Flavors may fit into the plans of those who seek functional health benefits like immunity because of COVID-19. Nostalgic flavors also are a source of comfort during the pandemic. Flavors based on fruits and vegetables may target both the health and comfort categories.
Comax Flavors lists apple carrot ginger, blueberry elderberry, and manuka honey as top flavors under a 2021 flavor trend called “immunity boost.”
“Individuals are turning to food and beverages with functional ingredients to stay healthy,” says Catherine Armstrong, vice president of corporate communications for Comax Flavors. “To meet the growing demand, Comax Flavors created the Immunity Boost range.”
The flavors may be used in applications such as non-alcoholic and alcoholic beverages, beverage syrups, plant-based, dairy applications, baked foods, and confections as well as nutrition and performance products.
Other 2021 trends listed by Comax Flavors include “breakfast basics” with flavors such as cereal and milk, French toast, and jelly donut; “home baker” with flavors such as banana bread, blueberry cheesecake and pizza; and “chicken soars” with flavors such as chicken vegetable soup, fried chicken and grilled chicken.
Bell Flavors & Fragrances is seeing an increase in products with naturally occurring vitamin C like acerola and citrus fruit, says Joan Harvey, senior vice president of commercial and general manager of the flavors division.
“Citrus flavors have the recognition of being healthy,” she says. “They are used as natural or organic and deliver a refreshing and clean taste. Berries also have antioxidant properties. So we expect to see a rise of these flavors through all product categories.
“Due to the ongoing pandemic, any callouts with anti-microbial properties, including flavors using essential oils or ingredients, will be popular. For instance, more products using tea tree, clove, peppermint, garlic, cinnamon, magnolia, horseradish, to name a few.”
The Spark trend report from Bell this year is taking a long-term view and identifying five consumer macro trends, says Kelli Heinz, vice president of marketing and industry affairs. The “well balanced” trend touches on areas of overall wellness. The “finding silver linings” trend is about reward and indulgence. “Global consciousness” refers to sustainability, particularly on global ingredients. “Together apart” looks at how people have engaged with each other in a new virtual environment. “Escapism” is seeing new ways that flavors and fragrances are being used in new formats.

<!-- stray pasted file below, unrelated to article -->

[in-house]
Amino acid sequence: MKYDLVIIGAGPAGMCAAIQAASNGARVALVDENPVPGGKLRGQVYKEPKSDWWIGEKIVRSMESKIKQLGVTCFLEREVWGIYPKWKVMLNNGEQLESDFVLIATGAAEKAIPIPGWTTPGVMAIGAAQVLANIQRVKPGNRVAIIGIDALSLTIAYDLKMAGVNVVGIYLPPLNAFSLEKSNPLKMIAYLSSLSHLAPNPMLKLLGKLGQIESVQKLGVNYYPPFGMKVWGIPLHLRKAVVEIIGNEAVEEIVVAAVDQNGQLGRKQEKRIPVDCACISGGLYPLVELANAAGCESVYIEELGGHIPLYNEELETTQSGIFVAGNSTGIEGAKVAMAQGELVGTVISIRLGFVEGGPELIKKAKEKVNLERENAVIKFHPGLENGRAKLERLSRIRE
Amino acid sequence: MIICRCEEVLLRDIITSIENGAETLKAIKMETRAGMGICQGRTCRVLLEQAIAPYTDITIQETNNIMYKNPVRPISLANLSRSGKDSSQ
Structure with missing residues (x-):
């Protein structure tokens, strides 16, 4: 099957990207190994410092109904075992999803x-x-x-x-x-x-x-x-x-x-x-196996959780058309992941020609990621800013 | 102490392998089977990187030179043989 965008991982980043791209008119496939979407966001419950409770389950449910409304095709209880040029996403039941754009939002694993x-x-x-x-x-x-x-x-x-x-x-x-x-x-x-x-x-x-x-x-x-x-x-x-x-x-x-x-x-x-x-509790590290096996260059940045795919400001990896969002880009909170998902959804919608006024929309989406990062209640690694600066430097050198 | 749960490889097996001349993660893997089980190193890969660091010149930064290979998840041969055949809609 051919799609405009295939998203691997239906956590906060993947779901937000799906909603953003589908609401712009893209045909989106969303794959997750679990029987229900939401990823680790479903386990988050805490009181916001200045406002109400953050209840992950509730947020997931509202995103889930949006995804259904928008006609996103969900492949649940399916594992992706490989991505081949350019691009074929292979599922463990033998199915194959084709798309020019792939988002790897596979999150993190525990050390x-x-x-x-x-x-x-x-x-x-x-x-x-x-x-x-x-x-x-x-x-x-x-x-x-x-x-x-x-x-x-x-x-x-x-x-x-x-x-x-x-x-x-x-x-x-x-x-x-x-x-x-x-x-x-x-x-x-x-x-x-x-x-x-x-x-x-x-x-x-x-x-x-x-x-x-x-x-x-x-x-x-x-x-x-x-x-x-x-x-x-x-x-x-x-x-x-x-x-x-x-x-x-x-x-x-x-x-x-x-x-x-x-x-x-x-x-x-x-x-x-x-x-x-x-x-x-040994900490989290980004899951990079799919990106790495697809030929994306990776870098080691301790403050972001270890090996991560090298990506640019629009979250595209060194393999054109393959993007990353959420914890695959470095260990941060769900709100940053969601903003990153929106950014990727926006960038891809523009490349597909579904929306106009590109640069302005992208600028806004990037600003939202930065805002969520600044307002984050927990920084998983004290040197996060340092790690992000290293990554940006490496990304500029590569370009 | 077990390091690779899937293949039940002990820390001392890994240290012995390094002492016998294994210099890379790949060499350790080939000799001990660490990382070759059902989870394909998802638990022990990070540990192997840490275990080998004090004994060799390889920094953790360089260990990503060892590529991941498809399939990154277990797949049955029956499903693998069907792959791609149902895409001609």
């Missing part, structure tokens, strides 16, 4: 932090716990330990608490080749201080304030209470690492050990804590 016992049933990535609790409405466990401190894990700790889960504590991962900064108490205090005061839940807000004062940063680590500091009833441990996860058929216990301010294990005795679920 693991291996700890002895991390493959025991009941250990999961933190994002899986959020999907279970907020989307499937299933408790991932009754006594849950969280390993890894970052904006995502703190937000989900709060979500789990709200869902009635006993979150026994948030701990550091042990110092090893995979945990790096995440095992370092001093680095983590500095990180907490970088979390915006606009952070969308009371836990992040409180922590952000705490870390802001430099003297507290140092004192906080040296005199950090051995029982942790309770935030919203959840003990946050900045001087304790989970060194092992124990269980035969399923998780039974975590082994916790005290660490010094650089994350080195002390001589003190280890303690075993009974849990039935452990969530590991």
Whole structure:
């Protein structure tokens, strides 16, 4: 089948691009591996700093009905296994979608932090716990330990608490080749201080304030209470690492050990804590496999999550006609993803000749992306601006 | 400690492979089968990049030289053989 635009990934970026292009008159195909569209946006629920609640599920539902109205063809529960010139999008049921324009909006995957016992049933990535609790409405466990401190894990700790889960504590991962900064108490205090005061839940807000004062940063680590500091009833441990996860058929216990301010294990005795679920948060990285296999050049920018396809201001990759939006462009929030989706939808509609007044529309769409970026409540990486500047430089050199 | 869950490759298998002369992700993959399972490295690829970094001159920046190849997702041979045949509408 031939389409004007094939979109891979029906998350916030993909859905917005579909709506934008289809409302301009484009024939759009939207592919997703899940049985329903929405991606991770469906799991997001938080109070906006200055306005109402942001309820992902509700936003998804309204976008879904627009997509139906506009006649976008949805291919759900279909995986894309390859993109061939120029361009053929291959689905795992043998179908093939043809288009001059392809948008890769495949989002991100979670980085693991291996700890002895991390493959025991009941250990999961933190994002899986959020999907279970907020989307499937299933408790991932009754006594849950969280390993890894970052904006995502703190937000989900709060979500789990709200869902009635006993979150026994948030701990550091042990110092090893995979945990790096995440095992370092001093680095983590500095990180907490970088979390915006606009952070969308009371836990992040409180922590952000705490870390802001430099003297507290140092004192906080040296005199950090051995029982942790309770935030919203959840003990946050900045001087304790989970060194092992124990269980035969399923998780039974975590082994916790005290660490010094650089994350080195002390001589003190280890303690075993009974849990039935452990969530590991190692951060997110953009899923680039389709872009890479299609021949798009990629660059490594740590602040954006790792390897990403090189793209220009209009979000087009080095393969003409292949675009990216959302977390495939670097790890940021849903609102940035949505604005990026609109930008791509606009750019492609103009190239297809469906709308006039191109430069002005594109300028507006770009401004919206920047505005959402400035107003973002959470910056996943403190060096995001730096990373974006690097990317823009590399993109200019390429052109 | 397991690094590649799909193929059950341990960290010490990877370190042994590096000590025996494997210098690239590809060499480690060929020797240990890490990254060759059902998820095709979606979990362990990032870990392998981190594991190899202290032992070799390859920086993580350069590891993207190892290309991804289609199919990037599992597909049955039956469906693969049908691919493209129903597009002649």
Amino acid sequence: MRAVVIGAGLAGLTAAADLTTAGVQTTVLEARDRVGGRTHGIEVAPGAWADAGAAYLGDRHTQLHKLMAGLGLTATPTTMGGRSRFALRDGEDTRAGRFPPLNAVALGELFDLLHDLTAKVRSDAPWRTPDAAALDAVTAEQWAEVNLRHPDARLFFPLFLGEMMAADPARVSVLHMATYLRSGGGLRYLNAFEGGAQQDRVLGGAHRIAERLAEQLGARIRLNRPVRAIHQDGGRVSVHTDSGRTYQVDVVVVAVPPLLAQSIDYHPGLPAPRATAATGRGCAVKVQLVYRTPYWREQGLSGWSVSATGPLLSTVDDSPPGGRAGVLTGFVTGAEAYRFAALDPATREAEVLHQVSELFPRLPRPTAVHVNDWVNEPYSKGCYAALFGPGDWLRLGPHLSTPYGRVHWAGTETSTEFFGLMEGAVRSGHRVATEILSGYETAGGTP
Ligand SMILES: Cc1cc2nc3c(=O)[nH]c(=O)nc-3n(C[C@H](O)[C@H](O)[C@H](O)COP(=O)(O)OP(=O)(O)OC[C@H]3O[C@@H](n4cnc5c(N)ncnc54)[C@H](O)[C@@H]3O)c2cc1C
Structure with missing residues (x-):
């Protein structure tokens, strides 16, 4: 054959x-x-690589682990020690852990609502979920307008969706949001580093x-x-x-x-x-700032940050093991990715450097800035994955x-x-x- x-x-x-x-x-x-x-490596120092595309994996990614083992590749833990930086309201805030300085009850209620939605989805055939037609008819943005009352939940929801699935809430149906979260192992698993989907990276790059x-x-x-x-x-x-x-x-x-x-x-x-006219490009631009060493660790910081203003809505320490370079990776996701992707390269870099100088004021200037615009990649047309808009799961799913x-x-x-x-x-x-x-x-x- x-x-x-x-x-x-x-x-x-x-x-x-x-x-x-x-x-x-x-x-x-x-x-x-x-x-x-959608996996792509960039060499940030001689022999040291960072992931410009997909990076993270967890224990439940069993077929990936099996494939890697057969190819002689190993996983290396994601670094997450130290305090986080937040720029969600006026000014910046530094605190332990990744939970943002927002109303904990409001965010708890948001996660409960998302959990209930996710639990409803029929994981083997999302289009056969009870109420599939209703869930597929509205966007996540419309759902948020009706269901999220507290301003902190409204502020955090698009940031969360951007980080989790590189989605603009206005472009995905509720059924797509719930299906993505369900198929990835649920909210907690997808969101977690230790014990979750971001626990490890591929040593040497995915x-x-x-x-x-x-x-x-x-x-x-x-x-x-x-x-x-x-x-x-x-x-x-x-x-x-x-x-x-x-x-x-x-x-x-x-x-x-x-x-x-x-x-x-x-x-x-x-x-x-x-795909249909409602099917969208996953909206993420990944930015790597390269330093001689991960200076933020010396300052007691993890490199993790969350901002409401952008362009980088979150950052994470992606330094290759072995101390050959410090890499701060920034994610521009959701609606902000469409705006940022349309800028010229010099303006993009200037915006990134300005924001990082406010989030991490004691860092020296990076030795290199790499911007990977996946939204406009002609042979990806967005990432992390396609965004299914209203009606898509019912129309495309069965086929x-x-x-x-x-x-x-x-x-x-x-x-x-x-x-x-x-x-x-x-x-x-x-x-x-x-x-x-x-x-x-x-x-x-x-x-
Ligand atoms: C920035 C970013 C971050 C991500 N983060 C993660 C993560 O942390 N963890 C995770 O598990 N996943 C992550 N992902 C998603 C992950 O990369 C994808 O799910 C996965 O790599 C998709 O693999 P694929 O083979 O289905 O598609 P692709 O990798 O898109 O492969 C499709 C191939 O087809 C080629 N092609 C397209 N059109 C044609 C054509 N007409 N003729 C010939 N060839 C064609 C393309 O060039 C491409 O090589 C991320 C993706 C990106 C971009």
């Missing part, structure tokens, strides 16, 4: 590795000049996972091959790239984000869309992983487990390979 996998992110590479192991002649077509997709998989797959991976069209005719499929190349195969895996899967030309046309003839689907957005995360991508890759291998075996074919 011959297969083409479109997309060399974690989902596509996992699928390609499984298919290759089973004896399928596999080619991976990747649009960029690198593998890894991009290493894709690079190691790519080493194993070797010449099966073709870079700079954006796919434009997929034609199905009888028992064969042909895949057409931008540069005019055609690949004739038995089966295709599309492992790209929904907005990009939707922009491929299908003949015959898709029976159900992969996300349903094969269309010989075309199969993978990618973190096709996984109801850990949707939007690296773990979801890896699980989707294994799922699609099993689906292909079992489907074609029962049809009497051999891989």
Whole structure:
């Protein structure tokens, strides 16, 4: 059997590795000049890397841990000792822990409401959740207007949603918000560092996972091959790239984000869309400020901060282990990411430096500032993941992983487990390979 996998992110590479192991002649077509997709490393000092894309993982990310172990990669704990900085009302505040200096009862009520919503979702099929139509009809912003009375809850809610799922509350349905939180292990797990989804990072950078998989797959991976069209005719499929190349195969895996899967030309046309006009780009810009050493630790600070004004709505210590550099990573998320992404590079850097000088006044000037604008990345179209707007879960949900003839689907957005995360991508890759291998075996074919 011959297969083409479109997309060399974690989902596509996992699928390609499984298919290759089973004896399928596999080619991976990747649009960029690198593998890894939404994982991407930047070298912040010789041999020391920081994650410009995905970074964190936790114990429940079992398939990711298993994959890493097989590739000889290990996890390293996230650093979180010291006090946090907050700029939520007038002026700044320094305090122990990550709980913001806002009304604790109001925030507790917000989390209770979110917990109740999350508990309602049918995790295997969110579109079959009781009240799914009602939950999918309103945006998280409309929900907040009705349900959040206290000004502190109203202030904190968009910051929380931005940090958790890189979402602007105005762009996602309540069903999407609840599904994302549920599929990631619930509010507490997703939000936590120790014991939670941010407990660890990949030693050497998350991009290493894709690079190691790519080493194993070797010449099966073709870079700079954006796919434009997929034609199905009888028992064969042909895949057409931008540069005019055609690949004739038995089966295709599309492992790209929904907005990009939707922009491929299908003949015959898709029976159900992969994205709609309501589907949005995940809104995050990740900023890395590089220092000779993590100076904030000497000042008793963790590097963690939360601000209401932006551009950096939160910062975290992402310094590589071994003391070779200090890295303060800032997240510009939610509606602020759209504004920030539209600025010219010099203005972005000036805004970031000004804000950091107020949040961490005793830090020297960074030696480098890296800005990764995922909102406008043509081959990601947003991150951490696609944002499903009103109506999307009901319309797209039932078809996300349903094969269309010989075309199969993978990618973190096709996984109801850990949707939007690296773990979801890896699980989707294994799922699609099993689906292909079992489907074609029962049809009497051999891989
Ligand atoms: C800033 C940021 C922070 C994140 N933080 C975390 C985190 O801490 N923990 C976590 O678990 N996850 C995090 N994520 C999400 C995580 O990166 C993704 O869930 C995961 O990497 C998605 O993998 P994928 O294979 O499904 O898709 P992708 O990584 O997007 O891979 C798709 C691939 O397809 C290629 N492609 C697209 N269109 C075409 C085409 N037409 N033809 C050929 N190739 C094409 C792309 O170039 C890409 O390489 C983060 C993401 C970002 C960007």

Ring in the new year with yuzu
Beck Flavors list top flavors for 2021 in four categories: fruit, botanical, innovative and people’s choice.
Yuzu, the top fruit flavor, has a tart flavor and tastes like a combination of a grapefruit and a mandarin orange, according to Beck Flavors. It may be paired with other fruits like strawberry or pear.
“Not only does it have a fun and crowd-pleasing taste; it provides an innovative twist to multiple applications like cocktails, sparkling water, energy drinks and more,” says Cat Neville, producer and host of St. Louis-based tasteMakers, which hosted a webinar announcing flavor trends for 2021.
Cherry blossom was chosen as the top botanical flavor. It has a light sweetness and may be used in items like tea and desserts.
Dill pickle won in the innovative category.
“It can be used in a wide range of applications, including cocktails, beer, chocolate, coffee, candy, ice cream, chips, popcorn and more,” says Adam Berge, an application technologist for the Beck Flavors laboratory team.
Online votes from people across the United States determined that honeycomb toffee won in the people’s choice category.
“Both of these flavors — honeycomb and toffee — are popular by themselves, but the combination is where the innovation happens,” says Paul Tripi, vice president and partner of Beck Flavors.
Flavors that function featured prominently in the 2021 beverage flavor forecast of Flavorman. Beverages will come with immunity, cognitive and mood-boosting benefits. Fragrant flavors like hibiscus, elderflower and orange blossom will be combined with other berry, botanical and citrus elements to emphasize functional ingredient blends in applications such as teas, enhanced waters and kombucha.